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Sunday, June 22, 2014

Moura: Angels’ Richards surpasses all sabermetrics expectations

I hadn’t seen a Richards treated this badly since Frank “Cannonball” Richards and that Tsar Howitzer prank!

Very few expected this from him, as sabermetrics help show us. Luckily, they also show us why so few expected it — and how he’s been so much better than expectations.

...There’s also Steamer, ZiPS, and CAIRO, among others. This winter, all of them projected Richards to throw between 139 and 173 innings in 2014 and post an ERA between 3.80 and 4.71. None of them thought he could strike out much more than six batters per nine innings. Essentially, none of them thought he was more than a back-end rotation piece.

Well, it’s June 22, almost half a season, and out of nowhere Richards has unequivocally been one of the best pitchers in baseball. He has struck out 94 in 932/3 innings, while barely raising his walk rate, and recorded a 2.79 ERA. He is on pace to break 200 innings with a start to spare.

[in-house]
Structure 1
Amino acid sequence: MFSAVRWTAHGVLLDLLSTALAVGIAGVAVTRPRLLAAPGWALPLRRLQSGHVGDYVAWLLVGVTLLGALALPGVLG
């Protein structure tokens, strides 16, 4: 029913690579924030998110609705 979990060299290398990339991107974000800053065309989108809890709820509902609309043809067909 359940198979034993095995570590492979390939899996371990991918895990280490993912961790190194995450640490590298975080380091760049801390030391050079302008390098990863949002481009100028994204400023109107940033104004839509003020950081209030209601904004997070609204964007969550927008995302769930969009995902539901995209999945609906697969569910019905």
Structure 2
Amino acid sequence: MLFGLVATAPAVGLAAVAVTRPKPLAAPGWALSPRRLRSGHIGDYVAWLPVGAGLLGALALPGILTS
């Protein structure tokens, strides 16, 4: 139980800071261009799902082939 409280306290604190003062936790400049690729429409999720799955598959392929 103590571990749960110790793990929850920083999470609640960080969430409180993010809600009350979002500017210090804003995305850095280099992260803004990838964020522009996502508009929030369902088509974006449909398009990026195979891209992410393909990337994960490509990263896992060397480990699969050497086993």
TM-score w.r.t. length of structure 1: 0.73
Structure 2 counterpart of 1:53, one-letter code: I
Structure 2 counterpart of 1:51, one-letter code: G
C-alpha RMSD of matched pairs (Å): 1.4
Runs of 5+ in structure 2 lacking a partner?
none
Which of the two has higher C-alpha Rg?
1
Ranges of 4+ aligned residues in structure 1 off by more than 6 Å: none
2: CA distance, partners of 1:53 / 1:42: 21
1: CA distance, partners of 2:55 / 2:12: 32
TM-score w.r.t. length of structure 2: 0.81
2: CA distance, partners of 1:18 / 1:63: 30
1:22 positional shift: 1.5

...No qualified starting pitcher in the majors has allowed long balls at a lower rate. Remarkably, Richards has not allowed a single homer to a right-handed hitter.

The last time a starting pitcher did that over a full season was Pedro Martinez in 2003. The time before that was Roger Clemens in 1990.

Obviously, Richards isn’t likely to keep that up for the rest of the year, but even so he is in rarefied territory.

Projections are often right, and when they are, we don’t usually notice. But when they’re wrong, like all of them were about Richards, we do.

PECOTA issues percentile projections, kind of like the SAT. They give 90th-percentile projections and 10th-percentile, one for each player, essentially their best- and worst-case scenarios.

Richards’ 90th-percentile projection for 2014 was a 3.62 ERA. He has been significantly better than his best-case scenario, and that sums it up quite nicely.